Airline boosts service
Winter roundtrip to Atlanta added
April 15, 2006
Steamboat Springs — Emboldened by the economic performance of the winter’s ski season airline program, resort leaders have added a daily roundtrip flight from Atlanta to the 2006-07 schedule.
“We’ve been talking about Atlanta for a long time,” said Andy Wirth, vice president of marketing for Steamboat Ski and Resort Corp. “It’s a very lucrative market. This is it — this is the heart of our market.”
Wirth told the Yampa Valley Airport Commission on Thurs-day that he projects the ski season airline program will be $1 million under budget when final figures are available. Steamboat Springs entities budgeted $1.95 million for winter revenue guarantees. Wirth expects the final cost to be $950,000.
About 60 percent of the guarantees are funded by Ski Corp., with the remainder supplied by taxes collected by the Local Marketing District at the base of the ski area. Another group of businesses help fund air program marketing under the guidance of the Steamboat Springs Chamber Resort Assoc-iation.
Higher fares, revenue
Wirth said the business performance of the air program during the 2005-06 winter season was not only caused by the 432 inches of snow in Steamboat. Rising airfares throughout North America also played a role. The higher fares translated into bigger yields for the Steamboat program.
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Also, the reduction in United Airlines’ roundtrip seats between Denver International Airport and Yampa Valley Re–gion–al Airport benefited the airline program.
Wirth said the United flights have never required the revenue guarantees that other flights have. Yet, United was the dominant carrier at YVRA — a status since taken over by American Airlines.
The flights from Denver pick up passengers flowing into DIA from cities throughout the United system, and the reduced number of seats troubled Steam-boat resort leaders. Ski Corp. and lodging management executives sought to offset the loss of 9,883 seats on United by boosting capacity from Chicago on American Airlines. The change from a Boeing 737 to a 757 on the daily roundtrips from Chicago yielded an additional 5,768 seats. And the decision paid dividends because of increased ticket price.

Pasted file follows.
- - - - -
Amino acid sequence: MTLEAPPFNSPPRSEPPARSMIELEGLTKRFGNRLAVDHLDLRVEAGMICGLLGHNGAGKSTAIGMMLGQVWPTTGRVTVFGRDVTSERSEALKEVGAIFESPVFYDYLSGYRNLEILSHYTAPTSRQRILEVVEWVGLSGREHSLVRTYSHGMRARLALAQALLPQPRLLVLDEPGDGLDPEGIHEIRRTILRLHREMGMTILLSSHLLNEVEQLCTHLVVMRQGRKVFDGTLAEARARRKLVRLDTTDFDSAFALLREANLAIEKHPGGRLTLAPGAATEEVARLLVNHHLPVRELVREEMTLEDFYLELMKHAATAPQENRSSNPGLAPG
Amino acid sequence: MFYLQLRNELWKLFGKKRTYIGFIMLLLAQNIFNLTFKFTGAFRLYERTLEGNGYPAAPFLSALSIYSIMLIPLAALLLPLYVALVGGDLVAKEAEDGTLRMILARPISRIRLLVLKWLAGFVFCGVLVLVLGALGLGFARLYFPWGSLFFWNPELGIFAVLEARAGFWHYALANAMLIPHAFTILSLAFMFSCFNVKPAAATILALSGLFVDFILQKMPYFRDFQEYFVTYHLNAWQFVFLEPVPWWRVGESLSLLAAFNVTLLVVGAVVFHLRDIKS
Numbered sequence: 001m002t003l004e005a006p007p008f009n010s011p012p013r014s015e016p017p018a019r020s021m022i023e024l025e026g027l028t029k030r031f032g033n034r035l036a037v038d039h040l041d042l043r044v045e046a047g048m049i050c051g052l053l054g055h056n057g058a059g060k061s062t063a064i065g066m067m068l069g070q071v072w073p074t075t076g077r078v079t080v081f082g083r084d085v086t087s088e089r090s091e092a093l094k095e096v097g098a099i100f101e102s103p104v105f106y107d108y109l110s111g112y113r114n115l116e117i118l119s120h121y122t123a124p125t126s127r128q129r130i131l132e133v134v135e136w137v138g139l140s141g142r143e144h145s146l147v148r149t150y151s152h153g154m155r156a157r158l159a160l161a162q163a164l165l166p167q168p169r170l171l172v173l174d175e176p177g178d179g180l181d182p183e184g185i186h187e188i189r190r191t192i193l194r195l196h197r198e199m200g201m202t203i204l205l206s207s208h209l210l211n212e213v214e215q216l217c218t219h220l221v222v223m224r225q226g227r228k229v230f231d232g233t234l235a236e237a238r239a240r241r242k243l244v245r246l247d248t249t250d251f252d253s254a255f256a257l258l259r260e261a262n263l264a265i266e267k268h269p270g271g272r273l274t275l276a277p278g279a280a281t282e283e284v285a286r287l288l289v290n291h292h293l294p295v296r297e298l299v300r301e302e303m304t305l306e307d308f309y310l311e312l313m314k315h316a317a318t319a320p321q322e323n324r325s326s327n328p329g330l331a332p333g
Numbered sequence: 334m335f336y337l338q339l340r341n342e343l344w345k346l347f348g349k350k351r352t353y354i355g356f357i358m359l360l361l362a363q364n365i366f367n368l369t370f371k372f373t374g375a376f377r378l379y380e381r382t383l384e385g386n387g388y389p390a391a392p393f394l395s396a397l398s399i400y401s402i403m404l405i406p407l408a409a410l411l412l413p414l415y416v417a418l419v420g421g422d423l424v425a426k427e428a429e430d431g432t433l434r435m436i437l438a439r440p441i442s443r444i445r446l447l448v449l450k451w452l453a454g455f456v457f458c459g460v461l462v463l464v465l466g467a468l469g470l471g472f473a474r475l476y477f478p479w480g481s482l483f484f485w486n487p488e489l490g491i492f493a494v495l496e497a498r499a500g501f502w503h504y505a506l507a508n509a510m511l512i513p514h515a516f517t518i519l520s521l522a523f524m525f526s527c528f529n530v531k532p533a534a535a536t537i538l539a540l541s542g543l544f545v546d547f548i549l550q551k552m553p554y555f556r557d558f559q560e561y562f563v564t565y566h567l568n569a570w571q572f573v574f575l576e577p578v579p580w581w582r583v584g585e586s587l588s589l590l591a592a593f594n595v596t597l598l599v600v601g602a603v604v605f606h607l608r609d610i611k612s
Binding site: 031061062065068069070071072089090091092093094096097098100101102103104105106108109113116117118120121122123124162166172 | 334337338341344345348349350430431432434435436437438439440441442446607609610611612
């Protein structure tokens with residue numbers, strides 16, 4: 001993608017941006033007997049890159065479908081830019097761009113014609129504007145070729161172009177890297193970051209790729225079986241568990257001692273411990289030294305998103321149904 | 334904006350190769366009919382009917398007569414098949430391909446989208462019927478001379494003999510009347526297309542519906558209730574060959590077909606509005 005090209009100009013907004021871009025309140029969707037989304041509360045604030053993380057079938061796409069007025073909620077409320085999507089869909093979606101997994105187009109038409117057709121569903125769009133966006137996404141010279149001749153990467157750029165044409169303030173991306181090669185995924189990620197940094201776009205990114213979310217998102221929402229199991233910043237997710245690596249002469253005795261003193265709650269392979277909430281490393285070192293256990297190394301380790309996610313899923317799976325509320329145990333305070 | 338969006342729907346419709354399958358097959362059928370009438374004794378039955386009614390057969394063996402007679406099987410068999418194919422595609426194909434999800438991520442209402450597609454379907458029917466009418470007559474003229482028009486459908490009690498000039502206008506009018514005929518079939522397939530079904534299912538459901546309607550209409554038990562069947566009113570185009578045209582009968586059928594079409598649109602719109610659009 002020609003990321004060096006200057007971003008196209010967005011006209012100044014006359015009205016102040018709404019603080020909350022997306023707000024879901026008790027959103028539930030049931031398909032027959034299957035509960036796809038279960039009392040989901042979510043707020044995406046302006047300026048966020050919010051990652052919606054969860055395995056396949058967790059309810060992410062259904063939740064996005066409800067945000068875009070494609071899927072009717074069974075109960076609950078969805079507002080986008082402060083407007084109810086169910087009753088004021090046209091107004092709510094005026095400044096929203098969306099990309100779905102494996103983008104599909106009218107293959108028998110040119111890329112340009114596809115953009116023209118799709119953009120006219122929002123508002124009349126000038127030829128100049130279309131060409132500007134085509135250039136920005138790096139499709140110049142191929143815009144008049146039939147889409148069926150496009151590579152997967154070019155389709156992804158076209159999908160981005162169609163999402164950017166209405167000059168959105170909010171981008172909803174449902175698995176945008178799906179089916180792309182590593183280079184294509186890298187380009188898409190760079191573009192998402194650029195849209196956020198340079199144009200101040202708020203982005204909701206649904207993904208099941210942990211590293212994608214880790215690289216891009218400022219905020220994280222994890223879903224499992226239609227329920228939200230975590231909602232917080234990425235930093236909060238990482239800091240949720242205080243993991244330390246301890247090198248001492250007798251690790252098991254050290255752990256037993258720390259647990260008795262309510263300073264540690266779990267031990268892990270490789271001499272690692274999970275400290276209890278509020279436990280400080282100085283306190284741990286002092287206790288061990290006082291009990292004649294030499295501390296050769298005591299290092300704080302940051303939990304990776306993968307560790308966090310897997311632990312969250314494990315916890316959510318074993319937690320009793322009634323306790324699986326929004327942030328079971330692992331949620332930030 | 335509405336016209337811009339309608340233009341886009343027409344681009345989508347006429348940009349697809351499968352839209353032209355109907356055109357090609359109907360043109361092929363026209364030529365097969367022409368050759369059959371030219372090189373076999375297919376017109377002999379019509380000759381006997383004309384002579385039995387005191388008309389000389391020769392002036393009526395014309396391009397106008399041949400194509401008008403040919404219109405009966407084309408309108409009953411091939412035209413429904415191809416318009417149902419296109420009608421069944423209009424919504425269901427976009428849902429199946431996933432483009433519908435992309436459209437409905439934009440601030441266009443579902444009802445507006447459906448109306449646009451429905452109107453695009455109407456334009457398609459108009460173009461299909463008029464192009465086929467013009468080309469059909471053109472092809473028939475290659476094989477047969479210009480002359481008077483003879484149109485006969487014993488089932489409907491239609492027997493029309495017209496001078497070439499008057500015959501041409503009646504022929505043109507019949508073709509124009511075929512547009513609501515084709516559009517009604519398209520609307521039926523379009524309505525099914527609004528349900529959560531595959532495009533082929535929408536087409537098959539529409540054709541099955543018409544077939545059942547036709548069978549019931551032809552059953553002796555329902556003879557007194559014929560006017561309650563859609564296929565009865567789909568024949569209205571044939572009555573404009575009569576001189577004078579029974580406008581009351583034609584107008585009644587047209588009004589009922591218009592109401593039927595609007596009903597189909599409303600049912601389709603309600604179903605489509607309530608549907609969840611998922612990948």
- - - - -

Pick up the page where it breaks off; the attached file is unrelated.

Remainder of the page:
“We filled 5,200 of those 5,700 seats,” Wirth said. “The flow through, from a business standpoint, was terrific. And it demonstrated that our customers will move on to an alternate carrier.”
The ski season flights carried 110,000 passengers during the winter, the most this decade. And the planes were more full than they have ever been, Wirth said. Load factors on all of the flights was a record 71 percent.
Ski Corp. airline director Janet Fischer said load factors have increased for four straight years, from 63 percent in 2002-03 to 65 percent in 2003-04 and 70 percent in 2004-05.
The winter’s healthy balance sheet and the stable funding base represented by the Local Marketing District have allowed next winter’s available seats to be boosted to 150,000 — an increase of about 13,000 from this winter. The projected revenue guarantee budget is more than $1.9 million, which is less than last year’s cautious $1.95 million.
“Our company wouldn’t have been in a position to commit to the Atlanta daily absent the LMD,” Wirth said.
The Local Marketing District, or LMD, imposes a 2 percent lodging tax within the district at the base of the ski mountain. It raises about $1 million annually.
The savings on the revenue guarantees will be returned to Ski Corp. and the LMD on a prorated basis.
A change in thinking at Delta Airlines also was critical to the decision to bump up the Atlanta route from Saturday service to a daily roundtrip, Wirth told the Airport Commission last week.
Although Continental Air-lines, for example, serves YVRA with a once-a-week roundtrip on a Boeing 737, Delta has been reluctant to operate a flight as long as the Atlanta to Steamboat route on anything but the larger Boeing 757. That plane represents “too much metal” (too much seat capacity) for a daily flight into this market, Wirth said.
A change in strategy at Delta now favors flying to YVRA on the 150-passenger 737-800.
The daily flight from Atlanta is expected to be loaded in travel computers no later than May 1.
Ski Corp. President Chris Diamond, who also sits on the Airport Commission, said he thinks most people don’t know that winter vacationers are tending to plan their trips earlier. He said having the Atlanta flight available to consumers this early is a significant plus. Wirth said he anticipates that 25 percent of next winter’s season-long business will be booked by August.
“I don’t think there are many resort communities sitting like we are in April with their strategies already in place,” Diamond said.
— To reach Tom Ross, call 871-4205 or e-mail firstname.lastname@example.org